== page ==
Fulton County District Attorney Fani Willis acknowledged in a court filing Friday that she had a “personal relationship” with a special prosecutor she hired for Georgia’s election interference case against former President Donald Trump, but argued that she did not. there are grounds to dismiss the case or remove her. of the prosecution.
Willis hired special prosecutor Nathan Wade in November 2021 to assist in his investigation into whether the former Republican president and others broke any laws in trying to overturn his loss in the 2020 presidential election in Georgia. Since Trump and 18 others were indicted in August, Wade has led the team of lawyers Willis assembled to prosecute the case.
Among the acts listed in the indictment was a Jan. 2, 2021, phone call in which Trump urged fellow Republican Secretary of State Brad Raffensperger to help “find” the 11,780 votes needed to reverse his election loss. before Democrat Joe Biden. Trump pleaded not guilty and his lawyers said he had the right to challenge the election results.
The filing was the first time either Willis or Wade directly addressed the relationship allegations in the nearly four weeks since they first surfaced in a filing by a defendant in the election case. In an affidavit accompanying the filing, Wade said that in 2022, he and the district attorney had developed a personal relationship in addition to their “professional partnership and friendship.”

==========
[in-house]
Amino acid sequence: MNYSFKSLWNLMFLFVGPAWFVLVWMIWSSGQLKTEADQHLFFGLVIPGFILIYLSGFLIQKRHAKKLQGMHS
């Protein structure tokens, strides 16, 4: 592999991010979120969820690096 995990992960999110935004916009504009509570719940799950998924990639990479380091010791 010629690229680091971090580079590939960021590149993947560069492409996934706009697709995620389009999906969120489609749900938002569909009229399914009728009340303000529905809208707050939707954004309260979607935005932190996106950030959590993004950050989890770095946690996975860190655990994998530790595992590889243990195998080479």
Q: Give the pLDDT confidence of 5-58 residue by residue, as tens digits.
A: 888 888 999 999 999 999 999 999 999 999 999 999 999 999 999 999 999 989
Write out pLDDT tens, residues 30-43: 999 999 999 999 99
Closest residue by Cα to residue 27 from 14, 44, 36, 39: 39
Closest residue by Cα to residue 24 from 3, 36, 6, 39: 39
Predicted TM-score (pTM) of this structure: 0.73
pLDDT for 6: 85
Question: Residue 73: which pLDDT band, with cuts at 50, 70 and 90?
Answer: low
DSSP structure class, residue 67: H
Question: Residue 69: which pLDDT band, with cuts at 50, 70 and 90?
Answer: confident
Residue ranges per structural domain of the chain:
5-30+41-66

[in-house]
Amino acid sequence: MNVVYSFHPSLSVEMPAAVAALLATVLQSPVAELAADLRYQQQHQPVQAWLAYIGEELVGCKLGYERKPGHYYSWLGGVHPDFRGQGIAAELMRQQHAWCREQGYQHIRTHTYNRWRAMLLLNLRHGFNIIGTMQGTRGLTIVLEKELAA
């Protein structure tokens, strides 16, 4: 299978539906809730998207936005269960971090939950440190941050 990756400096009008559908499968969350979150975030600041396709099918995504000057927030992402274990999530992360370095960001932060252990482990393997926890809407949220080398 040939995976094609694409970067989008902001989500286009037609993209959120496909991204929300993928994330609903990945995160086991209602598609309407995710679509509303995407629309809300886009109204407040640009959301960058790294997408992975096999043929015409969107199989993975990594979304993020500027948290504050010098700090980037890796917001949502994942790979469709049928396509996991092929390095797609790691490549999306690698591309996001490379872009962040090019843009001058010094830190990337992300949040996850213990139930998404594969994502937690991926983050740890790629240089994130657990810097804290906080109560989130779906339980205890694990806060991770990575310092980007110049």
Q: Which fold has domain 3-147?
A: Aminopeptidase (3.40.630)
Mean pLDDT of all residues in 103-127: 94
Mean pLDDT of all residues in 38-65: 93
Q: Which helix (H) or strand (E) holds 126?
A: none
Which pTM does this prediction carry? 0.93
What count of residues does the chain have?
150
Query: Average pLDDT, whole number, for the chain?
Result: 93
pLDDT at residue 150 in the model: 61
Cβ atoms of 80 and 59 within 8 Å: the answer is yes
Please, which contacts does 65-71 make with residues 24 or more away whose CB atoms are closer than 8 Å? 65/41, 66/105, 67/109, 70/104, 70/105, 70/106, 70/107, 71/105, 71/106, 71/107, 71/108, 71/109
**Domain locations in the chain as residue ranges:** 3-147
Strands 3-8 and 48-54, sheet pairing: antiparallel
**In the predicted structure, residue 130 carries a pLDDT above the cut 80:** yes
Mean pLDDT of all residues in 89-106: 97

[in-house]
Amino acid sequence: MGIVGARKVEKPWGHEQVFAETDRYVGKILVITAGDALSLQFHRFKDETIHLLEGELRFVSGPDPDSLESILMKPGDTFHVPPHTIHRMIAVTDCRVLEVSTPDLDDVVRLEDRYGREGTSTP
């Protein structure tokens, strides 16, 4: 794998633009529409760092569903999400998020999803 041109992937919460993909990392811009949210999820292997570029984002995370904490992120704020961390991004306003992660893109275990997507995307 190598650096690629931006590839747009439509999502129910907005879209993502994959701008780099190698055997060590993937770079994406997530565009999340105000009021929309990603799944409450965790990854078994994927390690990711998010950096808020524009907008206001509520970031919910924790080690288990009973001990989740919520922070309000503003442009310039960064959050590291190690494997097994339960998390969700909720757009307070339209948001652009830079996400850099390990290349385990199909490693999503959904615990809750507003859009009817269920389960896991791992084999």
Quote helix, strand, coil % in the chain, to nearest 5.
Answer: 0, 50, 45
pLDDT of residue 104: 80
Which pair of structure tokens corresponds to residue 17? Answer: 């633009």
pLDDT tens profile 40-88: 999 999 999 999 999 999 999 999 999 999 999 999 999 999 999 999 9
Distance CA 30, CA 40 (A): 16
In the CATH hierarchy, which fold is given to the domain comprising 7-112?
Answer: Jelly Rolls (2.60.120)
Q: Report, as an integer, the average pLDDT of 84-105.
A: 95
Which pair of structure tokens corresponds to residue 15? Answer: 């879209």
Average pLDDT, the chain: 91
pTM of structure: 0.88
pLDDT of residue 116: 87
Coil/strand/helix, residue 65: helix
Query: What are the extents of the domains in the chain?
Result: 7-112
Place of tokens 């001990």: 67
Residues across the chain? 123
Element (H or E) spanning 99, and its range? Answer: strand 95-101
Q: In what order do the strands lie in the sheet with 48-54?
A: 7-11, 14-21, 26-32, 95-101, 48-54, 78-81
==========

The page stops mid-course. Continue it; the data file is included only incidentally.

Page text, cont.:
But he also said he had never lived with Willis or shared a financial account or household expenses with her. He said none of the funds he was paid as part of her work were shared with Willis, in an attempt to undermine defense attorneys’ claims of a conflict of interest.
Wade described himself and Willis as “both financially independent professionals; personal expenses or travel were divided approximately equally between us.”
“At times,” Wade said, “I have made and purchased trips for District Attorney Willis and myself with my personal funds. At other times, District Attorney Willis has made and purchased trips for her and me with her funds. personal”.
“I have no financial interest in the outcome of the 2020 election interference case or the conviction of any defendant,” he wrote.
Friday’s filing by Willis’ team came in response to a motion filed last month by defense attorney Ashleigh Merchant, who represents Trump’s co-defendant Michael Roman. The motion alleged that Willis and Wade had an inappropriate romantic relationship that created a conflict of interest. She said Willis personally benefited from the case, saying she had paid Wade more than $650,000 for his work and then benefited when Wade used his earnings to pay for vacations the two took together.
Roman asked the judge to dismiss the case and prohibit Willis and Wade and their offices from continuing to prosecute the case. Trump and at least one other co-defendant, Georgia attorney Robert Cheeley, have filed motions to join Roman’s effort to dismiss the indictment and remove Willis from the case.
Fulton County Superior Court Judge Scott McAfee, who is presiding over the election case, has set a hearing for Feb. 15 on Roman’s motion. Willis and Wade are among a dozen witnesses Merchant has subpoenaed to testify at that hearing, and Friday’s filing says the district attorney plans to ask McAfee to dismiss those subpoenas.
Friday’s filing asks McAfee to dismiss the motions without a hearing, saying they are “without merit.”